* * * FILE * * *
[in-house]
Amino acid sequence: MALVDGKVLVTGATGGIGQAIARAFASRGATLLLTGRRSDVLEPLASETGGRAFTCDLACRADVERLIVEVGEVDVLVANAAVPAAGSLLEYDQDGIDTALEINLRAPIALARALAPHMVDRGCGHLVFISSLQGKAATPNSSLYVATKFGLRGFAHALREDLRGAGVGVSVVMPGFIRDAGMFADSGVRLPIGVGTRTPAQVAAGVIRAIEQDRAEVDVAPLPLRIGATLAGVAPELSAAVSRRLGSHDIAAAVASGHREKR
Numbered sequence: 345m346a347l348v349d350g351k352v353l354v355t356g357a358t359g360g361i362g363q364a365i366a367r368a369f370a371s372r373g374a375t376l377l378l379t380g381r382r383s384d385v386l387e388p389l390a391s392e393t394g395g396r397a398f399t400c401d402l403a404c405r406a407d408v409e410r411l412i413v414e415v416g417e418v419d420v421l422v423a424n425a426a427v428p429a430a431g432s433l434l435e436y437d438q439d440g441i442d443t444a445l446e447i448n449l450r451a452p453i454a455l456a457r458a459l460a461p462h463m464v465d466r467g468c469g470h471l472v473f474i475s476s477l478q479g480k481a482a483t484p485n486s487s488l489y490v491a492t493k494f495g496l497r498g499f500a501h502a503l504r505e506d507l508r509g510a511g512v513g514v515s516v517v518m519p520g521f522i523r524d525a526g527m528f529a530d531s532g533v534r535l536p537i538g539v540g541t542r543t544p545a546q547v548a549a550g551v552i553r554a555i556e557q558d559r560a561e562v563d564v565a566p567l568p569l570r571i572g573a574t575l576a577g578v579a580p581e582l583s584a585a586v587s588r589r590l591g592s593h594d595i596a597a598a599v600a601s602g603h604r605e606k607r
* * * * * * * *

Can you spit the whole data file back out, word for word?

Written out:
[in-house]
Amino acid sequence: MALVDGKVLVTGATGGIGQAIARAFASRGATLLLTGRRSDVLEPLASETGGRAFTCDLACRADVERLIVEVGEVDVLVANAAVPAAGSLLEYDQDGIDTALEINLRAPIALARALAPHMVDRGCGHLVFISSLQGKAATPNSSLYVATKFGLRGFAHALREDLRGAGVGVSVVMPGFIRDAGMFADSGVRLPIGVGTRTPAQVAAGVIRAIEQDRAEVDVAPLPLRIGATLAGVAPELSAAVSRRLGSHDIAAAVASGHREKR
Numbered sequence: 345m346a347l348v349d350g351k352v353l354v355t356g357a358t359g360g361i362g363q364a365i366a367r368a369f370a371s372r373g374a375t376l377l378l379t380g381r382r383s384d385v386l387e388p389l390a391s392e393t394g395g396r397a398f399t400c401d402l403a404c405r406a407d408v409e410r411l412i413v414e415v416g417e418v419d420v421l422v423a424n425a426a427v428p429a430a431g432s433l434l435e436y437d438q439d440g441i442d443t444a445l446e447i448n449l450r451a452p453i454a455l456a457r458a459l460a461p462h463m464v465d466r467g468c469g470h471l472v473f474i475s476s477l478q479g480k481a482a483t484p485n486s487s488l489y490v491a492t493k494f495g496l497r498g499f500a501h502a503l504r505e506d507l508r509g510a511g512v513g514v515s516v517v518m519p520g521f522i523r524d525a526g527m528f529a530d531s532g533v534r535l536p537i538g539v540g541t542r543t544p545a546q547v548a549a550g551v552i553r554a555i556e557q558d559r560a561e562v563d564v565a566p567l568p569l570r571i572g573a574t575l576a577g578v579a580p581e582l583s584a585a586v587s588r589r590l591g592s593h594d595i596a597a598a599v600a601s602g603h604r605e606k607r